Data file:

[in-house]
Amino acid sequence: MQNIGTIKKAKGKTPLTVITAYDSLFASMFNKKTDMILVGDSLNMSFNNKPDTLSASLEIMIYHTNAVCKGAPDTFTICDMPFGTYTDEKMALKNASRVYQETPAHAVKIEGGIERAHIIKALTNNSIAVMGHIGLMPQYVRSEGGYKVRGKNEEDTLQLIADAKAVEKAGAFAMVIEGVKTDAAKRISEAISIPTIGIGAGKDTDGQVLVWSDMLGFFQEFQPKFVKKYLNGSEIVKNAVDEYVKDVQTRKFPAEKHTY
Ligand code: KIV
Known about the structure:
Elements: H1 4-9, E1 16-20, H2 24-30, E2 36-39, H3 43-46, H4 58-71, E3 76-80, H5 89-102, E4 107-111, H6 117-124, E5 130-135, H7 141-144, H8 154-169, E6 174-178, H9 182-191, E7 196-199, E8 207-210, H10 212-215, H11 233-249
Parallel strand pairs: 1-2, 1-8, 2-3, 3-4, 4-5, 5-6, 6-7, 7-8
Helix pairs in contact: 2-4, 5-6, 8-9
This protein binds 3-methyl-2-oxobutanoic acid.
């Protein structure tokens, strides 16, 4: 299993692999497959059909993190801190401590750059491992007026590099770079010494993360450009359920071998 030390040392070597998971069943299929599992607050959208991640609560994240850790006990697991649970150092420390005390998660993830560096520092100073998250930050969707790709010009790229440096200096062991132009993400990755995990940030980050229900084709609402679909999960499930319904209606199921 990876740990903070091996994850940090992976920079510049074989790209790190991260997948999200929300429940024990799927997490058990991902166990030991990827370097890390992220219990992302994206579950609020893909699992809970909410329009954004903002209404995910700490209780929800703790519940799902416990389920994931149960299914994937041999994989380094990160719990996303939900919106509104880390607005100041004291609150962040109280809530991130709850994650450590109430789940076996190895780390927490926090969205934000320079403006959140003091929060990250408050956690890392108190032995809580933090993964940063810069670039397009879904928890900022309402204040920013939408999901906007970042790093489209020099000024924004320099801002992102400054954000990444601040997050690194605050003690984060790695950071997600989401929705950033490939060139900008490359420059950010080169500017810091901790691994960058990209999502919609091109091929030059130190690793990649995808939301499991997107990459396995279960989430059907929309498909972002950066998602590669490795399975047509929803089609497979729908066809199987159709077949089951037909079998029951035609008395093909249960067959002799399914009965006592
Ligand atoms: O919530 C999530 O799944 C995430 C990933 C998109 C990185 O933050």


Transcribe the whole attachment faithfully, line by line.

[in-house]
Amino acid sequence: MQNIGTIKKAKGKTPLTVITAYDSLFASMFNKKTDMILVGDSLNMSFNNKPDTLSASLEIMIYHTNAVCKGAPDTFTICDMPFGTYTDEKMALKNASRVYQETPAHAVKIEGGIERAHIIKALTNNSIAVMGHIGLMPQYVRSEGGYKVRGKNEEDTLQLIADAKAVEKAGAFAMVIEGVKTDAAKRISEAISIPTIGIGAGKDTDGQVLVWSDMLGFFQEFQPKFVKKYLNGSEIVKNAVDEYVKDVQTRKFPAEKHTY
Ligand code: KIV
Known about the structure:
Elements: H1 4-9, E1 16-20, H2 24-30, E2 36-39, H3 43-46, H4 58-71, E3 76-80, H5 89-102, E4 107-111, H6 117-124, E5 130-135, H7 141-144, H8 154-169, E6 174-178, H9 182-191, E7 196-199, E8 207-210, H10 212-215, H11 233-249
Parallel strand pairs: 1-2, 1-8, 2-3, 3-4, 4-5, 5-6, 6-7, 7-8
Helix pairs in contact: 2-4, 5-6, 8-9
This protein binds 3-methyl-2-oxobutanoic acid.
């Protein structure tokens, strides 16, 4: 299993692999497959059909993190801190401590750059491992007026590099770079010494993360450009359920071998 030390040392070597998971069943299929599992607050959208991640609560994240850790006990697991649970150092420390005390998660993830560096520092100073998250930050969707790709010009790229440096200096062991132009993400990755995990940030980050229900084709609402679909999960499930319904209606199921 990876740990903070091996994850940090992976920079510049074989790209790190991260997948999200929300429940024990799927997490058990991902166990030991990827370097890390992220219990992302994206579950609020893909699992809970909410329009954004903002209404995910700490209780929800703790519940799902416990389920994931149960299914994937041999994989380094990160719990996303939900919106509104880390607005100041004291609150962040109280809530991130709850994650450590109430789940076996190895780390927490926090969205934000320079403006959140003091929060990250408050956690890392108190032995809580933090993964940063810069670039397009879904928890900022309402204040920013939408999901906007970042790093489209020099000024924004320099801002992102400054954000990444601040997050690194605050003690984060790695950071997600989401929705950033490939060139900008490359420059950010080169500017810091901790691994960058990209999502919609091109091929030059130190690793990649995808939301499991997107990459396995279960989430059907929309498909972002950066998602590669490795399975047509929803089609497979729908066809199987159709077949089951037909079998029951035609008395093909249960067959002799399914009965006592
Ligand atoms: O919530 C999530 O799944 C995430 C990933 C998109 C990185 O933050």